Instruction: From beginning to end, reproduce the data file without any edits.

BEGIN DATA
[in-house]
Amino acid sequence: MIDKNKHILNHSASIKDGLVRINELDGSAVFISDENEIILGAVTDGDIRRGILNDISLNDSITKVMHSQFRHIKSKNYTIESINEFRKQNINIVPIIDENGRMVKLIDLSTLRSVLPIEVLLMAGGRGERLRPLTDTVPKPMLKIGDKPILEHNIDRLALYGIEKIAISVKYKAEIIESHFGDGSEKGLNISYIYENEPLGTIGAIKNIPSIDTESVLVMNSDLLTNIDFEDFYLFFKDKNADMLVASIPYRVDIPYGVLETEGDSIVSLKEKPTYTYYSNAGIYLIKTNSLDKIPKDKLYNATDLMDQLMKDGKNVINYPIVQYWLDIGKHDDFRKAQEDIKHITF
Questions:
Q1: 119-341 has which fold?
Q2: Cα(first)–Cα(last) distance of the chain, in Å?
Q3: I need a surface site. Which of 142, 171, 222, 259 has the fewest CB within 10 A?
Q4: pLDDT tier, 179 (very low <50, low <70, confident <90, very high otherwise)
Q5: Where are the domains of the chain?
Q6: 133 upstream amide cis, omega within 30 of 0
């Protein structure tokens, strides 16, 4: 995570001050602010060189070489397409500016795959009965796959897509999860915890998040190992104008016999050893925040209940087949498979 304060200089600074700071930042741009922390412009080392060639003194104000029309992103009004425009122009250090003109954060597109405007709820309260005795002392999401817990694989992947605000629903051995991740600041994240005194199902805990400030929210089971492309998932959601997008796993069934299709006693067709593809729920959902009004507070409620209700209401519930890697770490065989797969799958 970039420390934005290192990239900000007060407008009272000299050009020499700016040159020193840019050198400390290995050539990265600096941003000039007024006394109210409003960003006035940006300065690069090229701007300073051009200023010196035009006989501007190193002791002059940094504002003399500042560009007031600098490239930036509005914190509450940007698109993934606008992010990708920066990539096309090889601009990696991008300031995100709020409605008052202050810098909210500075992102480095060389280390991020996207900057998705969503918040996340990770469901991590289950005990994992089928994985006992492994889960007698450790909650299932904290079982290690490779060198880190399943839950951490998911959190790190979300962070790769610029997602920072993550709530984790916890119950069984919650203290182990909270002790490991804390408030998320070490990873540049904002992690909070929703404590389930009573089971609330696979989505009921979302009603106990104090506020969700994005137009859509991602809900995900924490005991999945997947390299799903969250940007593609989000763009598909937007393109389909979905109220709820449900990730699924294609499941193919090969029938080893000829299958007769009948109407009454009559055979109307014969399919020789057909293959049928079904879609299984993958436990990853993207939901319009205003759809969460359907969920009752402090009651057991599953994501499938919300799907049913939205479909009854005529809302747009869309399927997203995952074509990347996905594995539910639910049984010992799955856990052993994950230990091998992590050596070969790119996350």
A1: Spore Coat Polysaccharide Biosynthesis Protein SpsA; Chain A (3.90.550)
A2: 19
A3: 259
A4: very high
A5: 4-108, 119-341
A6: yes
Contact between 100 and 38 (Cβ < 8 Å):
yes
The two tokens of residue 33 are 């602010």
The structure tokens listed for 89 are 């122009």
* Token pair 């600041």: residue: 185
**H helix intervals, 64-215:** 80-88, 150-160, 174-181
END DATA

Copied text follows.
[in-house]
Amino acid sequence: MIDKNKHILNHSASIKDGLVRINELDGSAVFISDENEIILGAVTDGDIRRGILNDISLNDSITKVMHSQFRHIKSKNYTIESINEFRKQNINIVPIIDENGRMVKLIDLSTLRSVLPIEVLLMAGGRGERLRPLTDTVPKPMLKIGDKPILEHNIDRLALYGIEKIAISVKYKAEIIESHFGDGSEKGLNISYIYENEPLGTIGAIKNIPSIDTESVLVMNSDLLTNIDFEDFYLFFKDKNADMLVASIPYRVDIPYGVLETEGDSIVSLKEKPTYTYYSNAGIYLIKTNSLDKIPKDKLYNATDLMDQLMKDGKNVINYPIVQYWLDIGKHDDFRKAQEDIKHITF
Questions:
Q1: 119-341 has which fold?
Q2: Cα(first)–Cα(last) distance of the chain, in Å?
Q3: I need a surface site. Which of 142, 171, 222, 259 has the fewest CB within 10 A?
Q4: pLDDT tier, 179 (very low <50, low <70, confident <90, very high otherwise)
Q5: Where are the domains of the chain?
Q6: 133 upstream amide cis, omega within 30 of 0
């Protein structure tokens, strides 16, 4: 995570001050602010060189070489397409500016795959009965796959897509999860915890998040190992104008016999050893925040209940087949498979 304060200089600074700071930042741009922390412009080392060639003194104000029309992103009004425009122009250090003109954060597109405007709820309260005795002392999401817990694989992947605000629903051995991740600041994240005194199902805990400030929210089971492309998932959601997008796993069934299709006693067709593809729920959902009004507070409620209700209401519930890697770490065989797969799958 970039420390934005290192990239900000007060407008009272000299050009020499700016040159020193840019050198400390290995050539990265600096941003000039007024006394109210409003960003006035940006300065690069090229701007300073051009200023010196035009006989501007190193002791002059940094504002003399500042560009007031600098490239930036509005914190509450940007698109993934606008992010990708920066990539096309090889601009990696991008300031995100709020409605008052202050810098909210500075992102480095060389280390991020996207900057998705969503918040996340990770469901991590289950005990994992089928994985006992492994889960007698450790909650299932904290079982290690490779060198880190399943839950951490998911959190790190979300962070790769610029997602920072993550709530984790916890119950069984919650203290182990909270002790490991804390408030998320070490990873540049904002992690909070929703404590389930009573089971609330696979989505009921979302009603106990104090506020969700994005137009859509991602809900995900924490005991999945997947390299799903969250940007593609989000763009598909937007393109389909979905109220709820449900990730699924294609499941193919090969029938080893000829299958007769009948109407009454009559055979109307014969399919020789057909293959049928079904879609299984993958436990990853993207939901319009205003759809969460359907969920009752402090009651057991599953994501499938919300799907049913939205479909009854005529809302747009869309399927997203995952074509990347996905594995539910639910049984010992799955856990052993994950230990091998992590050596070969790119996350």
A1: Spore Coat Polysaccharide Biosynthesis Protein SpsA; Chain A (3.90.550)
A2: 19
A3: 259
A4: very high
A5: 4-108, 119-341
A6: yes
Contact between 100 and 38 (Cβ < 8 Å):
yes
The two tokens of residue 33 are 């602010």
The structure tokens listed for 89 are 């122009």
* Token pair 């600041």: residue: 185
**H helix intervals, 64-215:** 80-88, 150-160, 174-181